We employ the SSM [20] in our analyses, but treat the 8B flux normalization as a free parameter throughout.

1. Sensitivity to 0x

For the ve survival probability in the three-neutrino framework, we use the standard modification of the two-neutrino survival probability as derived in Ref. [21].

The regions of parameter space allowed by existing CHOOZ, KamLAND and solar data are shown in Fig. 1.

The effect of how future data from the SNO experiment will impact our knowledge of 0x is comprehensively represented in Fig. 2. The figure clearly suggests that future SNO data will not have a significant impact on existing bounds, especially for Sm2a values relevant to atmospheric neutrino oscillations.

2. Sensitivity to sterile neutrinos

2 The aforementioned limits are quoted for two degrees of free-

In a scenario in which oscillations to sterile neutrinos are allowed, the fraction of oscillating neutrinos

Fig. 1. The 90% C.L., 2a, 99% C.L. and 3a allowed regions from a combined three-neutrino fit to CHOOZ, KamLAND and solar neutrino data. The best-fit point SmS: = 8 x 10-5 eV2, tan2 9s = 0.45 and sin2 2$x = 0 is marked with an "x". In the analysis, the 8B flux was a free parameter.

Fig. 2. Estimates of how future SNO data will affect bounds on 9x. The shaded curved bands depict the effect of future SNO 6.4% NC and 5.5% CC measurements (whose central values lie within their current la values) on bounds from all existing CHOOZ, KamLAND and solar neutrino data. The thick (thin) solid curves are the 90% C.L. (3a) bounds from current CHOOZ, KamLAND and solar data. The dotted curves are the corresponding CHOOZ bounds. The horizontal shaded regions encompass the values of Smm^ favored by SuperK atmospheric data at the 90% and 99% C.L. [15]. The 8B flux normalization is a free parameter in our analyses.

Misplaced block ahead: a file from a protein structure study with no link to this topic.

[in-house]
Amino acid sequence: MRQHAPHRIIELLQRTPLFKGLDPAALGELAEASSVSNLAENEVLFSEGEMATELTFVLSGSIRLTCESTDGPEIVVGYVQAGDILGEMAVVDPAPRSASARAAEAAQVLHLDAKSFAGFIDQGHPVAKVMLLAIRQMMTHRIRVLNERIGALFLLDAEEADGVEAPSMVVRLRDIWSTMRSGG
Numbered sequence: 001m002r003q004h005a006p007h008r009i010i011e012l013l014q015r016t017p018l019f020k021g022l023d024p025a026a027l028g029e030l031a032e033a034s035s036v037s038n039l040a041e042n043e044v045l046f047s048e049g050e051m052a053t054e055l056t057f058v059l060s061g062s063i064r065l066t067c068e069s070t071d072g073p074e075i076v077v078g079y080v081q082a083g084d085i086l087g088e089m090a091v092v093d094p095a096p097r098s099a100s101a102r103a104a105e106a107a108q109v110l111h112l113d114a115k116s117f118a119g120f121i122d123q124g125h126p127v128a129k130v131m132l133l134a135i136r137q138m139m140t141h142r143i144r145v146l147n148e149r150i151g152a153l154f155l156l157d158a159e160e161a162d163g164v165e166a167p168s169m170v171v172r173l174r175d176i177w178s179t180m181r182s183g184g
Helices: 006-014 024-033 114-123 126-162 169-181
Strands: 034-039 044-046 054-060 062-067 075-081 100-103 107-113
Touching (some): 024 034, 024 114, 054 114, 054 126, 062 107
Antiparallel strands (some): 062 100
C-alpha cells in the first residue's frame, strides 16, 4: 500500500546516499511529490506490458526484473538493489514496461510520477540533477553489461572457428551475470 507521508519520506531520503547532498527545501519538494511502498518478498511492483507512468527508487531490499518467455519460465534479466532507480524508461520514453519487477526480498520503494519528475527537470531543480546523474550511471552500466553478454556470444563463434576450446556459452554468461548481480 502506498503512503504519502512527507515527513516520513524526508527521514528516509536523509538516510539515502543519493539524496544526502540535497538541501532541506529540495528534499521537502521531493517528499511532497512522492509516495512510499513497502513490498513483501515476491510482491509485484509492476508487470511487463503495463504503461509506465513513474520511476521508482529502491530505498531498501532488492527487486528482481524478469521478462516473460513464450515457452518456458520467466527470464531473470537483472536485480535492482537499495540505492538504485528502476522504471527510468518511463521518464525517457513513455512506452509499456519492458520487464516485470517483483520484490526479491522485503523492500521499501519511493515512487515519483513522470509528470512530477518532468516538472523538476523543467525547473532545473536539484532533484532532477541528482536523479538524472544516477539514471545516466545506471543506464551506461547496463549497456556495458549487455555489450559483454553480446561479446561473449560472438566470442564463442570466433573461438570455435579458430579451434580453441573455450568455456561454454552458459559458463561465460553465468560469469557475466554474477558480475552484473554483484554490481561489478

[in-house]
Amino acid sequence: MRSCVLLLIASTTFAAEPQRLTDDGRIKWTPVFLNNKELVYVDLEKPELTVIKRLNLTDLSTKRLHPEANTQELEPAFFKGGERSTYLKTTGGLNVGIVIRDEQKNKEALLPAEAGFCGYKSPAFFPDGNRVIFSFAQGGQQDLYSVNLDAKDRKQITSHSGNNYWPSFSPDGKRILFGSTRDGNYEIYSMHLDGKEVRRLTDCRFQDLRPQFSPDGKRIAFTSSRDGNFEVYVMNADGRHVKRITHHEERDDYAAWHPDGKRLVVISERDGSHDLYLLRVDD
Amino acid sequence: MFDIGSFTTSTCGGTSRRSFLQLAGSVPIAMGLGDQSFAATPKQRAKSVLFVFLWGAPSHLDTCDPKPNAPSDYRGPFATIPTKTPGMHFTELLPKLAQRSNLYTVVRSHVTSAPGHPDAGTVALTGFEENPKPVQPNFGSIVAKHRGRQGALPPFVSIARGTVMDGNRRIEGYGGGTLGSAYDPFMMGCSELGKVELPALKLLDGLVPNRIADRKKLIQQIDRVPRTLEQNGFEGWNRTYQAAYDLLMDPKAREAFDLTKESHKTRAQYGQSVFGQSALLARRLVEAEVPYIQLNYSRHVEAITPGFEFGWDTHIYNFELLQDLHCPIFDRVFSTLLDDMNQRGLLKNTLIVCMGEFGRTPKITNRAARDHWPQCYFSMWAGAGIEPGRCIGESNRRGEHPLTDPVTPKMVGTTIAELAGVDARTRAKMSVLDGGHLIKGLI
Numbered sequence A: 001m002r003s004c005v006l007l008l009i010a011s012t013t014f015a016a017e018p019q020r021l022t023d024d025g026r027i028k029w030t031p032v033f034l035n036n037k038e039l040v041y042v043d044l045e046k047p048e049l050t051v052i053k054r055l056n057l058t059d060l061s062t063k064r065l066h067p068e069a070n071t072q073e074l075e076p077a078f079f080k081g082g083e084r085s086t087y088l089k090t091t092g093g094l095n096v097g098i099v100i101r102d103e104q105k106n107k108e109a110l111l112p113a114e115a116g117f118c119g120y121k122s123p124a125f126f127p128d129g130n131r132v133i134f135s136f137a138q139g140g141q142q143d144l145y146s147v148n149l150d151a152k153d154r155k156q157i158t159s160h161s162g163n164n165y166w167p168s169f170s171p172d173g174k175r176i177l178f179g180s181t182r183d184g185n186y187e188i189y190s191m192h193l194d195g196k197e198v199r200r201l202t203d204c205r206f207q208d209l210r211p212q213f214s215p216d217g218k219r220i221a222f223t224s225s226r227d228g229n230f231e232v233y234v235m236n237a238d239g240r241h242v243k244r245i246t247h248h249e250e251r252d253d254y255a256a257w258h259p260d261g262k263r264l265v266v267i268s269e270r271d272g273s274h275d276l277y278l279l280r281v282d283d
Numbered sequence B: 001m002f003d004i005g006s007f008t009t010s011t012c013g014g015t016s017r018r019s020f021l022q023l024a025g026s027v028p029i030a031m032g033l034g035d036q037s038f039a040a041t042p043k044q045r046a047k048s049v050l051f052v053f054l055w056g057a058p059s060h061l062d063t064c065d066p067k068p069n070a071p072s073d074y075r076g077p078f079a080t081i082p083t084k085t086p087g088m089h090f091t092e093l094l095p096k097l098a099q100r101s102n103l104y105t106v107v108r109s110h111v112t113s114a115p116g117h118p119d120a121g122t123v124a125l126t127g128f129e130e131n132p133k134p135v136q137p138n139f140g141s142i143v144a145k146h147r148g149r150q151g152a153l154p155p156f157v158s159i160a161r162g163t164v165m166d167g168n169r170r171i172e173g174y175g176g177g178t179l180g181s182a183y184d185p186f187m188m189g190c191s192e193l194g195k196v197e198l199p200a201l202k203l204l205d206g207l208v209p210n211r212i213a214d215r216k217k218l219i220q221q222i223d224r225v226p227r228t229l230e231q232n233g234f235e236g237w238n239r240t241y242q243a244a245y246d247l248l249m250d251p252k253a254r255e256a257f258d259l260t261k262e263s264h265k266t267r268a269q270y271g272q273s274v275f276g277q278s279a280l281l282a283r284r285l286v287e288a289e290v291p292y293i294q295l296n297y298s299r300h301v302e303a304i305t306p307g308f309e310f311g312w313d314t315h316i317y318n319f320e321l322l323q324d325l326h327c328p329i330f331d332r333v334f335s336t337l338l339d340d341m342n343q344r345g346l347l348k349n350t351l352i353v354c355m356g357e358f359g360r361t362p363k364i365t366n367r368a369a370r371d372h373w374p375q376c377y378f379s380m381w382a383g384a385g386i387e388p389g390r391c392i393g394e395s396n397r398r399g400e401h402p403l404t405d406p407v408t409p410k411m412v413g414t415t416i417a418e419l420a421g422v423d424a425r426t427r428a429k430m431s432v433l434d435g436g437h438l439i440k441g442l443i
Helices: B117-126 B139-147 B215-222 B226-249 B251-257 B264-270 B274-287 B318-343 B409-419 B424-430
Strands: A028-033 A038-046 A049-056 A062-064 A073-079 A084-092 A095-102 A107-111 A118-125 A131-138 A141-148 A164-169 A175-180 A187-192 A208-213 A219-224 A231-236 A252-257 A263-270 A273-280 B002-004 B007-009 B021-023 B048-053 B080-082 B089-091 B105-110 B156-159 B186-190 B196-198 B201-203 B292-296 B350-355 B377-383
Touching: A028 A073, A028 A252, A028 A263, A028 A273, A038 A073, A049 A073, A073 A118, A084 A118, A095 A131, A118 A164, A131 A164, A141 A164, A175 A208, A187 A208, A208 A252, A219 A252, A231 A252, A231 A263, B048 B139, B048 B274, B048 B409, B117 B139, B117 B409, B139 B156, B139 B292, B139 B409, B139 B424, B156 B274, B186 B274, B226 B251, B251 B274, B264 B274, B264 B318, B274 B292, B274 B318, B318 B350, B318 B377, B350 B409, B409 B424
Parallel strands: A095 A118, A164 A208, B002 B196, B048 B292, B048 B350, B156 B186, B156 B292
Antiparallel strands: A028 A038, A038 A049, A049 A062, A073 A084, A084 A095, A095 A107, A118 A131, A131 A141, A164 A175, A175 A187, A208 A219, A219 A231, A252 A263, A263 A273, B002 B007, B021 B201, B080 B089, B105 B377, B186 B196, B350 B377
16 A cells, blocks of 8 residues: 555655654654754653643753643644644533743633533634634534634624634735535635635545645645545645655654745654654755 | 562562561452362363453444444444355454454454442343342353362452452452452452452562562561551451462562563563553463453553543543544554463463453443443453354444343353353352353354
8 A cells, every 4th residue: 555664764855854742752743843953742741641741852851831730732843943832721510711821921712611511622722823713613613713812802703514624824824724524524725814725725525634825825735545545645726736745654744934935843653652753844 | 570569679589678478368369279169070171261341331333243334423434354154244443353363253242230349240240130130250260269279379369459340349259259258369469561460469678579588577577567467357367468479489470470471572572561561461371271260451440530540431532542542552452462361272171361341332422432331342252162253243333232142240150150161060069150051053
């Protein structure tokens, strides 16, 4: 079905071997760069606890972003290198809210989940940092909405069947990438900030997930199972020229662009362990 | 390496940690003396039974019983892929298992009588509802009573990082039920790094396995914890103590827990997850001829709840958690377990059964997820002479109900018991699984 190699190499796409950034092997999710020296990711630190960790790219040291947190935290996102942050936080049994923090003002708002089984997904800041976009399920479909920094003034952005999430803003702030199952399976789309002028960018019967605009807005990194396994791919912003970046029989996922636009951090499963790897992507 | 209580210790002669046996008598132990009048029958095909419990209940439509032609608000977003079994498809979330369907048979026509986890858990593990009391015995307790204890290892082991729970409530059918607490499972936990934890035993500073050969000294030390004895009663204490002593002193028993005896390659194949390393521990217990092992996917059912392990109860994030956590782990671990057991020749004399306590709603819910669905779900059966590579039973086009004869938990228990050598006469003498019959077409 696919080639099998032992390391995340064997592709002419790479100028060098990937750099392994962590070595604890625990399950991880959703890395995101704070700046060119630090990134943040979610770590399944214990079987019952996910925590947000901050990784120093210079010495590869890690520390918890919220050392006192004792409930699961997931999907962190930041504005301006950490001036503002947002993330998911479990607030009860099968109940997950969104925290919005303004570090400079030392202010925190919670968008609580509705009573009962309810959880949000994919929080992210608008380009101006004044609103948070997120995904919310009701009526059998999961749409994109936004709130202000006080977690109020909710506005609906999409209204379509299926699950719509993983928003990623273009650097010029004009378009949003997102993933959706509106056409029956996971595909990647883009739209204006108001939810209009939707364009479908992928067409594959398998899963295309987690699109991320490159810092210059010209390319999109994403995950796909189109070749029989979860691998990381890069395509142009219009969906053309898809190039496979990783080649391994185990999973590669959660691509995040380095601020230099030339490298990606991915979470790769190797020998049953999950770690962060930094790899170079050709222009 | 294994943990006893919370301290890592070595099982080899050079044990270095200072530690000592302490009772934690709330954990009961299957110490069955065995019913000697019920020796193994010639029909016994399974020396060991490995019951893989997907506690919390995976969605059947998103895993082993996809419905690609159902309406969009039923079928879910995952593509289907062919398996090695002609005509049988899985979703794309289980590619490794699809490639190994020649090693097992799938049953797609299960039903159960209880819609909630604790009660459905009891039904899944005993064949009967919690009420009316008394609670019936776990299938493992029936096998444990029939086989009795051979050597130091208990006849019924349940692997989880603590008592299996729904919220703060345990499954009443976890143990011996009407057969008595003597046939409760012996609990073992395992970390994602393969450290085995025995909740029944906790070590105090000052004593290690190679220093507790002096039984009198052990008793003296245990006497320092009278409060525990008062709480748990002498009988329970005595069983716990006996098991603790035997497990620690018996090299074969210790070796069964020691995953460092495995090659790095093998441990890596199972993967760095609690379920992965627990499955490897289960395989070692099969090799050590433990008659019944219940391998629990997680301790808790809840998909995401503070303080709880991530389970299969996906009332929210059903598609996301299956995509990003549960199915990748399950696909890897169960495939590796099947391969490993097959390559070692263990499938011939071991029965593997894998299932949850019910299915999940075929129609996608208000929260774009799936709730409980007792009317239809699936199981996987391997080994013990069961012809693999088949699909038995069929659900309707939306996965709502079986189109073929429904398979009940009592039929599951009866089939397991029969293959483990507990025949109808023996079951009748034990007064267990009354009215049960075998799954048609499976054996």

. 2 sin a

Fig. 3. Ax2 vs sin2 a from analyses of all solar and KamLAND data (solid), and only SNO and KamLAND data (dashed), with the 8B flux free in both analyses. From bottom to top, the horizontal dotted lines indicate the Ax2 values corresponding to 1a, 2a and 3a.

that transform to active neutrinos is (in terms of quantities measured by SNO) [19]

^nc — ^CC

sin a =

^8B — @cc

The current constraints on sin2 a are shown in Fig. 3. The most stringent bound from all available solar and KamLAND data is sin2a > 0.91 (0.65) at 1a (3a). Our estimates are conservative since the 8B flux normalization is left free in the analyses.

Our knowledge of sin2 a can be refined if we can observationally infer the 8B flux produced in the Sun. We now describe such a method.

The KamLAND experiment which detects i>e from surrounding nuclear reactors will determine the solar oscillation parameters to 10% precision independently of solar physics. These parameters can be used as inputs in analyses of SNO data to extract the average ve survival probability measured by SNO. The solar flux can be obtained via

= $CC/Pe,

where Pee is the average survival probability of ve at SNO. It has been shown in Ref. [22] that with a few

years of KamLAND data, Pee should be known to about 7% for parameters in the LMA region obtained from solar data. Although matter effects in the Sun depend on the active-sterile admixture, for the oscillation parameters and sterile fraction allowed by current data, they have little effect on Pee.